Two of the victims of a fatal crash that claimed five young lives in Timaru last night have been identified.
One of the boys was Niko Hill, 15, the Herald has confirmed.
Another was Javarney Drummond, also 15.
The pair died alongside three others when their car lost control and smashed into a power pole about 7.30pm on Saturday, ripping the vehicle in two.
The five boys died at the scene.
The group were travelling in a Nissan Bluebird sedan. One of the victims was found in the boot.
The driver suffered serious injuries but survived the crash.
Friends and family of Niko today visited the crash scene to pay their respects.
Meadow Bennett found out this morning that her cousin had died.
"I really am in shock," she said.
"You don't believe it until you see it. I don't believe he's gone.
"He's just a young, sweet kid... he doesn't need this."
Kaleb Ewart visited the scene for some "peace of mind and see what happened".
He said it was important that people got the message to be safe on the roads.
Niko was "still young, still growing up" and described him as having "a lot of cheekiness in him".
"He always knew how to make you smile, make you laugh. Every time he walked in, he'd just brighten the room up," Ewart said.
"I'm going to miss him a lot."
Bennett said Niko was "a cool kid" and was struggling to come to terms with his loss.
"It doesn't make sense to me. I just don't get it."
She took a piece of the car's wreckage from the scene as a memento.
Niko Hill's father learned of his death through a phone call late on Saturday night.
He said his heart was broken. He was not ready to speak more about Niko last night as he prepared to travel to Timaru to support the teen's mother and wider family.
Javarney's father Stephen Drummond told Stuff he went to bed on Saturday night expecting his son would soon return home to have his dinner and go to sleep.
"I went to bed, and I was asleep and my daughter was a bit concerned at what happened, and she got a couple of messages saying 'hey sorry your brother's dead, he's had a car crash.'"
He told Stuff the driver had only had his restricted licence for three months.
"I'm not angry at him, I'm just disappointed in the way the whole lot has unfolded. There's no point in taking any stress or any anger out on anybody because it's not going to bring my son back. At the end of the day it's not going to bring the five kids back.
The 19-year-old driver was well enough to post a message on social media this afternoon, including a photograph of himself in his hospital bed, apologising for the crash.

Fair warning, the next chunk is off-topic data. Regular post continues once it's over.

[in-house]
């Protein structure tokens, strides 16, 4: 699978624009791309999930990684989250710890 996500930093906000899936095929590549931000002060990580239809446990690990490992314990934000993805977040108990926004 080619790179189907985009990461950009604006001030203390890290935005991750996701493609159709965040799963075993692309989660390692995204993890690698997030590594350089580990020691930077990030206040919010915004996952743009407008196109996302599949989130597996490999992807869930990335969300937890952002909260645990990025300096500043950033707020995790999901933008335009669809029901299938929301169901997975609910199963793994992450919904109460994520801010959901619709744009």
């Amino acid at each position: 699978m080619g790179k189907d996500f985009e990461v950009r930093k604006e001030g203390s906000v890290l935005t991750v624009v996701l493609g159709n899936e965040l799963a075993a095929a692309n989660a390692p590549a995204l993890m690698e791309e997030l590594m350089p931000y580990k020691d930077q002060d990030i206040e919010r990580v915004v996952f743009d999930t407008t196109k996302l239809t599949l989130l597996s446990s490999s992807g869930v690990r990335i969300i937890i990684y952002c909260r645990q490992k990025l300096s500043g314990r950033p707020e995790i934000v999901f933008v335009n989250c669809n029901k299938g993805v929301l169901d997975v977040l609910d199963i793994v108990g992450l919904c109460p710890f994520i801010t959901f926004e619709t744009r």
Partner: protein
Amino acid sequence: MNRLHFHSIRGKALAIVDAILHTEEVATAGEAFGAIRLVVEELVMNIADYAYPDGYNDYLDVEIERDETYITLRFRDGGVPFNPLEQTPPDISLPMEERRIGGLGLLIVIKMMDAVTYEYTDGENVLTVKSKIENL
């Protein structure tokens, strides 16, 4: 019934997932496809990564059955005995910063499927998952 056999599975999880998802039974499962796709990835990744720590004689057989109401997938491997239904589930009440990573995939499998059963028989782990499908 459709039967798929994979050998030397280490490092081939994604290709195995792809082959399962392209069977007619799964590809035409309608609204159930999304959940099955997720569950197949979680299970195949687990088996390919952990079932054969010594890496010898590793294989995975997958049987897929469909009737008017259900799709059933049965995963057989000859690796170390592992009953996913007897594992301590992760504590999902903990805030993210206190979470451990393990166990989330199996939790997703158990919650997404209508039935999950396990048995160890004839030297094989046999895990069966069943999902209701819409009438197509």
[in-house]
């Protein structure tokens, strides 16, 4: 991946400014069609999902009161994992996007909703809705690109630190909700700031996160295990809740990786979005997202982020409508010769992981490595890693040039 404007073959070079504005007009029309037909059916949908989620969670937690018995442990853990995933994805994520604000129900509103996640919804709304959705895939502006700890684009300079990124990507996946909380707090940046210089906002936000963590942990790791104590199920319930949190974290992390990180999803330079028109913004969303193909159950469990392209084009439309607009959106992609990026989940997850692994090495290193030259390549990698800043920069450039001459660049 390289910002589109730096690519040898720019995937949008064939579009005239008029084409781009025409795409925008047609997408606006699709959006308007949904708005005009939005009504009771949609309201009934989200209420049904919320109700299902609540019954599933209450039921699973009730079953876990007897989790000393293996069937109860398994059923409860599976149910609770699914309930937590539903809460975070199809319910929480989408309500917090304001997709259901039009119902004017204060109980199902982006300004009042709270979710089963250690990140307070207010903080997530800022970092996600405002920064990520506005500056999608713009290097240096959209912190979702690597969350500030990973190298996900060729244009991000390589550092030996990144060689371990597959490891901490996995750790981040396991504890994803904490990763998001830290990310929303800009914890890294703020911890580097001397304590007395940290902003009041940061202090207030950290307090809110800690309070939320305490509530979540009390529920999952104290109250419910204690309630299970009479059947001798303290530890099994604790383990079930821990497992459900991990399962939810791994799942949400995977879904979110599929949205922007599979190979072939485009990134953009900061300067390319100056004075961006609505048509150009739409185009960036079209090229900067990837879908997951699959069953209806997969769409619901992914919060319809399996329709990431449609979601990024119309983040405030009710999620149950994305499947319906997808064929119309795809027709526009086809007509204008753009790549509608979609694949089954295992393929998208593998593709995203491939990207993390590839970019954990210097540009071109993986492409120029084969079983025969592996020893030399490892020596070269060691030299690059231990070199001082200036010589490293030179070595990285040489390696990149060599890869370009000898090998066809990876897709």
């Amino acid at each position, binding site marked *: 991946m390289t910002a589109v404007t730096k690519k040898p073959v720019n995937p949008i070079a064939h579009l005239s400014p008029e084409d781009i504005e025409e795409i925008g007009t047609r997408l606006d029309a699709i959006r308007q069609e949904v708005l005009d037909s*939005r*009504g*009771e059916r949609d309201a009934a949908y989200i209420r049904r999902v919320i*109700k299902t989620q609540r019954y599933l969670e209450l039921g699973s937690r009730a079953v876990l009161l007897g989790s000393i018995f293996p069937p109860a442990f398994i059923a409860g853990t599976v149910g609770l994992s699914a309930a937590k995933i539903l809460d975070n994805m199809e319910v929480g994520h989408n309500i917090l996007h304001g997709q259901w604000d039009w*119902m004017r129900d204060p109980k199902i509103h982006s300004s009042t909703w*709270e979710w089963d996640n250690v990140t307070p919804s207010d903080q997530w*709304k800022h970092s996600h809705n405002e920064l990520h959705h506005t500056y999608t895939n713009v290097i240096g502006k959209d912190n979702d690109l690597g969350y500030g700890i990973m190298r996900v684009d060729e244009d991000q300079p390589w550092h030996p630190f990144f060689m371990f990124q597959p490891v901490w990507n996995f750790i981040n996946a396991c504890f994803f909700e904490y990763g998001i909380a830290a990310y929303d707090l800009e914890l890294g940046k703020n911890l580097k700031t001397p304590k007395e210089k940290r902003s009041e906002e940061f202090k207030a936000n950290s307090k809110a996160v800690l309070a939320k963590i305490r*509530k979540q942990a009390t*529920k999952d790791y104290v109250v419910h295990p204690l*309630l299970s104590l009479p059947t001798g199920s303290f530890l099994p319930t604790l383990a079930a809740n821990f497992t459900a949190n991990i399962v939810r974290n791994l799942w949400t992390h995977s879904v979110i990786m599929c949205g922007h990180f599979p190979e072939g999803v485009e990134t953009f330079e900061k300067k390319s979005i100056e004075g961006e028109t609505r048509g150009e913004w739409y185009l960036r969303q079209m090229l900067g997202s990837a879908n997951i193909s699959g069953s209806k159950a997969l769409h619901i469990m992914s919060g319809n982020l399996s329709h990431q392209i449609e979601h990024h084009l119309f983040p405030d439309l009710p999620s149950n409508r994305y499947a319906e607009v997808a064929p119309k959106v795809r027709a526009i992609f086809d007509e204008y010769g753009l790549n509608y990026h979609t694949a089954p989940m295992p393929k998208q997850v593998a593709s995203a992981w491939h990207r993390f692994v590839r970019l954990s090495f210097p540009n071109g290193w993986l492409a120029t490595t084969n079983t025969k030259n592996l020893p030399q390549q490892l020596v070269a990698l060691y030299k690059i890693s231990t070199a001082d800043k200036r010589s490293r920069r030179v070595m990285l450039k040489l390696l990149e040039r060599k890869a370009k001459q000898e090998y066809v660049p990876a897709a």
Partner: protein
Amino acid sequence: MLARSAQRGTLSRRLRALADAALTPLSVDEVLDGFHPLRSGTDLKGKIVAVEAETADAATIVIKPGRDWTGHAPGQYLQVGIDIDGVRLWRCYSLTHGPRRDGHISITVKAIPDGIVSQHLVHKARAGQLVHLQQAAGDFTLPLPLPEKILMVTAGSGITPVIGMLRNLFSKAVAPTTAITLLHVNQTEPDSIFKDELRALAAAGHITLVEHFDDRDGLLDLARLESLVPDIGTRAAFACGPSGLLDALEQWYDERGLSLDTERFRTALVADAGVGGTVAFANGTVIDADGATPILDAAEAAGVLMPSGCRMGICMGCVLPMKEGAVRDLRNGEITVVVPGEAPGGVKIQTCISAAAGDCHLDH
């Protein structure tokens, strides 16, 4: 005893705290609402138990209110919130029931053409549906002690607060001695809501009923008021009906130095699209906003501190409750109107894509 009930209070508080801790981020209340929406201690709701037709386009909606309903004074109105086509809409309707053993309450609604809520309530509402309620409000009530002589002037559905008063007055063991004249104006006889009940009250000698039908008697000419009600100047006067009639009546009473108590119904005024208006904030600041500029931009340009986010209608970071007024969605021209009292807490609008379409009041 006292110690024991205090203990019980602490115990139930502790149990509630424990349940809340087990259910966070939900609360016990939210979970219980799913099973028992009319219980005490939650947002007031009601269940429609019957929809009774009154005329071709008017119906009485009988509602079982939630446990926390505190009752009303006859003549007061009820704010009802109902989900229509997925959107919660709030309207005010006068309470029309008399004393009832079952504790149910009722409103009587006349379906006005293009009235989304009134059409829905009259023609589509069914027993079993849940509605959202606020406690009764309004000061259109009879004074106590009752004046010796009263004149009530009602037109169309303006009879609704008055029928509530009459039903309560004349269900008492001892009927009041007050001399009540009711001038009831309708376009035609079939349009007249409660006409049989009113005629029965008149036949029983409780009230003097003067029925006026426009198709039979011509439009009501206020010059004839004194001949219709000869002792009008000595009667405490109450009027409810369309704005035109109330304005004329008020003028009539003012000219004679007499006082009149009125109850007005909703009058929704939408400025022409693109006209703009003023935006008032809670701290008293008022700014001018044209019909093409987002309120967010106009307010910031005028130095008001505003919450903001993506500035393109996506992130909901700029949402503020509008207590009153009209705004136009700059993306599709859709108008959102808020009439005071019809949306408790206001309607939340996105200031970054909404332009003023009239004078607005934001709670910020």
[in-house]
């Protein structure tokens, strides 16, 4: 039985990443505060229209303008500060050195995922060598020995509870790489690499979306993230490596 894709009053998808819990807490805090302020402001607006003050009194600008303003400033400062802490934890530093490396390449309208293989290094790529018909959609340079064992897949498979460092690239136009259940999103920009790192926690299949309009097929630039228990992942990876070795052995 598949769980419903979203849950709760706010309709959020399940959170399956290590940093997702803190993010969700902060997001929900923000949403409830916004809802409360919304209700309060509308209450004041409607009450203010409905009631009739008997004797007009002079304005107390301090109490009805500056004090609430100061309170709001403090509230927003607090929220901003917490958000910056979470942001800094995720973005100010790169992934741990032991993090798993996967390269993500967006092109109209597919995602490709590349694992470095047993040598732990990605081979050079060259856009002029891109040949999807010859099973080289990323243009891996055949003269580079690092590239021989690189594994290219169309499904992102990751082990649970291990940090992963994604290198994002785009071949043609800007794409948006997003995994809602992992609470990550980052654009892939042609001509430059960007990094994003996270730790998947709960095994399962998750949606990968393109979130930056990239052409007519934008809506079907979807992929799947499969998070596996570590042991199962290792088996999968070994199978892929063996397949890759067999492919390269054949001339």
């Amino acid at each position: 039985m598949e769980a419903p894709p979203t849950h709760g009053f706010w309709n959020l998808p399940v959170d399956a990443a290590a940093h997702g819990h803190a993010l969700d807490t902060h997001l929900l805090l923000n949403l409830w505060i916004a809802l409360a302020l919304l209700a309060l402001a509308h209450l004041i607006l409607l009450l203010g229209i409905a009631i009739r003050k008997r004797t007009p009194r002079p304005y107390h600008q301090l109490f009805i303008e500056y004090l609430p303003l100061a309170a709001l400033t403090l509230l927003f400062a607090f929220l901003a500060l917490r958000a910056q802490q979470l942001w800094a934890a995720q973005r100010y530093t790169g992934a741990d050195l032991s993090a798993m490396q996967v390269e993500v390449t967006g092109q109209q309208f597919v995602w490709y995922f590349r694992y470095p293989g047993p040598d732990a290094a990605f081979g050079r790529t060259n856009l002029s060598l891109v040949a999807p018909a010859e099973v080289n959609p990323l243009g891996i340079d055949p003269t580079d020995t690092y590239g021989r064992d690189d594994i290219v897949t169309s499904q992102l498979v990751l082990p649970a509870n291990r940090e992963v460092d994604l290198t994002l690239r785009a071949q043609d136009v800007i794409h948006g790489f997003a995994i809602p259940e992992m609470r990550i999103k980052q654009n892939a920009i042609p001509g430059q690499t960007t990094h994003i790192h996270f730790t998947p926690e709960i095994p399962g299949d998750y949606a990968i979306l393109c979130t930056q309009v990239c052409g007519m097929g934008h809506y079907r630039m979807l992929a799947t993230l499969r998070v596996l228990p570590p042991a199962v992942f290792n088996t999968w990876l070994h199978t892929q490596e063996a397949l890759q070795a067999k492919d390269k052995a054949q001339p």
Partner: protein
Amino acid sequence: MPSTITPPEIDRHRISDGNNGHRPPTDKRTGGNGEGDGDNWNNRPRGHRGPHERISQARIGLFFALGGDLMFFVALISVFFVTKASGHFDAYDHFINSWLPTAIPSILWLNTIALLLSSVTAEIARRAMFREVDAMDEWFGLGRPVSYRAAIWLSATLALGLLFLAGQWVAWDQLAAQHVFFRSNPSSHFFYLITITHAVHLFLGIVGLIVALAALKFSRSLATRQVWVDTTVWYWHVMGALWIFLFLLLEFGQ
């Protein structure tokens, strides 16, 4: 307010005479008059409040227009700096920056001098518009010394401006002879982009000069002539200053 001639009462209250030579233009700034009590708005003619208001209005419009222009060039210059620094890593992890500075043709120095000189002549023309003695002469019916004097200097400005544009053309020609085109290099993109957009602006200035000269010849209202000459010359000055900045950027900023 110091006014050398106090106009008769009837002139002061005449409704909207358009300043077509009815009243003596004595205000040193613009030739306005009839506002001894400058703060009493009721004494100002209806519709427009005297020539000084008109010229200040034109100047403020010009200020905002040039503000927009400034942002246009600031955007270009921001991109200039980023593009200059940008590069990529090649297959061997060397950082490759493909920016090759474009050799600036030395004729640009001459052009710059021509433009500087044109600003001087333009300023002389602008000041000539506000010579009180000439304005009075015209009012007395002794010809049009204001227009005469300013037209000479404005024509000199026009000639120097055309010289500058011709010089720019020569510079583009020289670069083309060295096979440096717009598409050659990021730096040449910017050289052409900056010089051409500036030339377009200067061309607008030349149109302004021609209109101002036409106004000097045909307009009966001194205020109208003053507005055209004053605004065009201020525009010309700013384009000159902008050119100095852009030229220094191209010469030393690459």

"Hello everyone just wanted to say I'm not dead I am very very lucky to still be alive and I can't believe what has happened," he wrote, in a post reported by Stuff.
"And I am so so so sorry to the families that I have put in pain coz of stupid mistakes that I made that has costed five lives."
The reality of a horrific crash has begun to sink in for the shocked Timaru community.
Timaru mayor Nigel Bowen said the crash was an absolute tragedy that had affected not only the boys' immediate families but local schools and the wider community.
"It's just starting to settle in. It's really hard to put into words. It's going to take some time," he said.
The victims – all aged 15 and 16 – were killed when the Nissan Bluebird sedan they were travelling in struck a power pole on Seadown Rd outside Timaru about 7.30pm last night.
One of the victims was found in the vehicle's boot.
The 19-year-old driver survived the crash and is in Timaru Hospital.
As Timaru residents came to terms the tragedy today, Bowen had a message for his community - to put themselves in the shoes of the victims' families.
"I just can't imagine having a teenager leave home and not return and having that awful phone call.
"When we can put ourselves in other people's shoes, we can hopefully reserve judgement around the accident itself and look at the people and how that affects their lives."
Police say speed and alcohol were factors in the crash. There were six people in the car, and not all were wearing seatbelts.
Bowen said young people were going home today and hugging their parents, and being thankful for being able to do that.
"There are six kids who haven't been able to do that last night. I think amongst the community... the schools and the youngsters... they'll be thinking really hard about this and what it means, driving and being in motor vehicles and making good decisions.
"All those lessons come out in time, but it doesn't give back those parents their children, so it's really tough."
Stunned friends and family members visited the crash site today to pay their respects.
Aoraki Area Commander Inspector Dave Gaskin said his thoughts and prayers were with the family of the young men.
"They woke up today to a nightmare that won't go away," he said.
"Timaru's a very small community ... It is a tragedy and it will reverberate around our community for a long time."